By now, most people have probably heard of the #bringbackourgirls campaign that went viral as part of the effort to raise awareness about the Nigerian schoolgirls kidnapped by Boko Haram. Ordinarily, I’d chalk the whole situation up to #notmyproblem. After all, a bunch of Nigerians getting kidnapped by a Nigerian terrorist group operating inside of Nigeria is, at first blush, a decidedly Nigerian issue. #goodluckwiththat, Nigeria.
But this situation is different. For one thing, in our increasingly globalized world, few big problems are truly local, and Nigerian’s Boko Haram is fast turning into a big problem, even if it’s “someone else’s problem” for now. As a country, we’ve learned the hard way that if not addressed in a timely manner, someone else’s problem today might rapidly become a problem for us tomorrow, especially if that problem involves radical militant Islamists. See also: the #Taliban.
Given this, I think the U.S. can, and should, intervene in a direct, conspicuous, and effective way to enable the government of Nigeria to neutralize Boko Haram and to help recover the numerous victims affected by that brutal terrorist organization. And, after I explain my reasoning, I’m hoping you will think that too.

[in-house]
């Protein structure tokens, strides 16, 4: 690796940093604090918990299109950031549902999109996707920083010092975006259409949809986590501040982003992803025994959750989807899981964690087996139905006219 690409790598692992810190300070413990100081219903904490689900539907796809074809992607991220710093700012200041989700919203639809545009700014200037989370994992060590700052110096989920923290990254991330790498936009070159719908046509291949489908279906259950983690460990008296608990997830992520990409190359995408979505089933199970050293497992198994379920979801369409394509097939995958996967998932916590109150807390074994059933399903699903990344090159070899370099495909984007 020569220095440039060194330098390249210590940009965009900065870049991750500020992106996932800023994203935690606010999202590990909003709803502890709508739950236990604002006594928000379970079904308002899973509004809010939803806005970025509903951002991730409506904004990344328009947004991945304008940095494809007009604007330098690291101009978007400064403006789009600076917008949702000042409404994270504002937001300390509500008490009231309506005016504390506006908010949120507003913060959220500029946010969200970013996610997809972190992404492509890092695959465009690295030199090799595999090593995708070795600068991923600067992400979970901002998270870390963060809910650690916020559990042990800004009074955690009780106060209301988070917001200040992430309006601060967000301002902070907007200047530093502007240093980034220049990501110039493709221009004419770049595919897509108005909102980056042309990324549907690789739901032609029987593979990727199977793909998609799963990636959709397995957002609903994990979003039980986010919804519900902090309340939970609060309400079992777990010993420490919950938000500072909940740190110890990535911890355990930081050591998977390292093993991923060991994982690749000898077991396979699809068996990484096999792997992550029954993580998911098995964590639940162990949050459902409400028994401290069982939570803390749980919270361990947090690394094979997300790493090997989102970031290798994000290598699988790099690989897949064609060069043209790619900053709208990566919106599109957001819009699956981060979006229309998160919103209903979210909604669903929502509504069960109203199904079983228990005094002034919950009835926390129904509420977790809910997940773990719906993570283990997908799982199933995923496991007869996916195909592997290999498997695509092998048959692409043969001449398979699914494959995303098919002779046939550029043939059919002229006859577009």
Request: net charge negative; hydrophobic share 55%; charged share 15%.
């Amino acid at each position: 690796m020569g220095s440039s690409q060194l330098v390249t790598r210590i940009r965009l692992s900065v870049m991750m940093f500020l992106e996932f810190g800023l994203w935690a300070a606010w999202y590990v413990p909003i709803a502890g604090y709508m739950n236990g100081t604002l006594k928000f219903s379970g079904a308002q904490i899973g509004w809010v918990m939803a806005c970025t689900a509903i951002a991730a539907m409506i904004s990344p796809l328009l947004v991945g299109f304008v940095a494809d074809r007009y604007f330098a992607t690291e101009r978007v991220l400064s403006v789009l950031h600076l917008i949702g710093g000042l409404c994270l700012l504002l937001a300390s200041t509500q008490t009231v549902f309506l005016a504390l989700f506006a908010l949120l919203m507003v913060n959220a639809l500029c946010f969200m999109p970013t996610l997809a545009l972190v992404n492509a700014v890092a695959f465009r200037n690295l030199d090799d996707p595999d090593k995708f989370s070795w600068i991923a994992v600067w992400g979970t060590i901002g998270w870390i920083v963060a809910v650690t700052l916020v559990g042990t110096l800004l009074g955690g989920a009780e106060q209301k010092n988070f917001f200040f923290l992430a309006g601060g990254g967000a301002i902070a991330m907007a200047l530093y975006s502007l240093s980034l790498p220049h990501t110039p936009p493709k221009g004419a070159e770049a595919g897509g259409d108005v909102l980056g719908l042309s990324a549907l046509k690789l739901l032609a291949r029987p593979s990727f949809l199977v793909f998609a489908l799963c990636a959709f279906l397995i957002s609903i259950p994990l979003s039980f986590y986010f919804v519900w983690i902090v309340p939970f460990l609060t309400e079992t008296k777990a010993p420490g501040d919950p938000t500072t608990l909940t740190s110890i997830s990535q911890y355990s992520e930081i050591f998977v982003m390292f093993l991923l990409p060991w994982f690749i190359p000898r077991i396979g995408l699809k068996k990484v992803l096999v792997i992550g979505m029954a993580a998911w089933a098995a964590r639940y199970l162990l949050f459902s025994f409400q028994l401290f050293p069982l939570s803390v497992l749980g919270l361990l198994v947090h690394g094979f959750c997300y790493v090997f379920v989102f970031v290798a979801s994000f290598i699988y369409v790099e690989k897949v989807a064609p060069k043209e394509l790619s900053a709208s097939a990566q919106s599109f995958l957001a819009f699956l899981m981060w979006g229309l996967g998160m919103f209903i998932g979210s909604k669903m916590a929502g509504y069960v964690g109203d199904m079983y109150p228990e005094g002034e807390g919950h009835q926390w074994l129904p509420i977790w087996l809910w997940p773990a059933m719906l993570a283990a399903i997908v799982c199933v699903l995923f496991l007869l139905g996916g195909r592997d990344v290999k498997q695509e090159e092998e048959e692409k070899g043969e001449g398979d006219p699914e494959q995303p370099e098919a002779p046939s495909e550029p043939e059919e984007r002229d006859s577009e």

Before this piece goes any further, I want to clarify a couple of things, just so there are no misunderstandings. From an international relations standpoint, I am a realist. I don’t believe it is the US’s responsibility to go around rescuing the world from itself. Our grand strategic ends are enormous and increasing all the time, while our ways and means to accomplish them are dwindling rapidly, and therefore we need to carefully consider the pros and cons before wading in on anyone else’s conflicts.
I don’t believe we have a “responsibility to protect” anyone but our own citizens and our own national interests. In short, I’m in it for what’s good for #TeamAmerica, and I make absolutely no apologies for that.